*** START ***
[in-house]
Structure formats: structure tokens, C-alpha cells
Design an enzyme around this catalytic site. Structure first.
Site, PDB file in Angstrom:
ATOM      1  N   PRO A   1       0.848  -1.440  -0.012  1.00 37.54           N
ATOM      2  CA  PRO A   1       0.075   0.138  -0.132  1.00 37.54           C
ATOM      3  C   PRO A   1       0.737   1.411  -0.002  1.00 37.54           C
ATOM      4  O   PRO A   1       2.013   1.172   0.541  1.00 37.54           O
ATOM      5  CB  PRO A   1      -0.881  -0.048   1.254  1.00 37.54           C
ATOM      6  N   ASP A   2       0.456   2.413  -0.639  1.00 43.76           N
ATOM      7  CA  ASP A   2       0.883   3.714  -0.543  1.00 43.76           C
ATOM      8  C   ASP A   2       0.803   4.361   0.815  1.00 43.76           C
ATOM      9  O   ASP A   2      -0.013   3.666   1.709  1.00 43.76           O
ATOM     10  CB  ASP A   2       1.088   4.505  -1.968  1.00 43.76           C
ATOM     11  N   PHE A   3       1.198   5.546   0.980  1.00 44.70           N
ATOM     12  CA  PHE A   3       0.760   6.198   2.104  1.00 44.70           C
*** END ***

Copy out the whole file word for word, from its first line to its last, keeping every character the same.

[in-house]
Structure formats: structure tokens, C-alpha cells
Design an enzyme around this catalytic site. Structure first.
Site, PDB file in Angstrom:
ATOM      1  N   PRO A   1       0.848  -1.440  -0.012  1.00 37.54           N
ATOM      2  CA  PRO A   1       0.075   0.138  -0.132  1.00 37.54           C
ATOM      3  C   PRO A   1       0.737   1.411  -0.002  1.00 37.54           C
ATOM      4  O   PRO A   1       2.013   1.172   0.541  1.00 37.54           O
ATOM      5  CB  PRO A   1      -0.881  -0.048   1.254  1.00 37.54           C
ATOM      6  N   ASP A   2       0.456   2.413  -0.639  1.00 43.76           N
ATOM      7  CA  ASP A   2       0.883   3.714  -0.543  1.00 43.76           C
ATOM      8  C   ASP A   2       0.803   4.361   0.815  1.00 43.76           C
ATOM      9  O   ASP A   2      -0.013   3.666   1.709  1.00 43.76           O
ATOM     10  CB  ASP A   2       1.088   4.505  -1.968  1.00 43.76           C
ATOM     11  N   PHE A   3       1.198   5.546   0.980  1.00 44.70           N
ATOM     12  CA  PHE A   3       0.760   6.198   2.104  1.00 44.70           C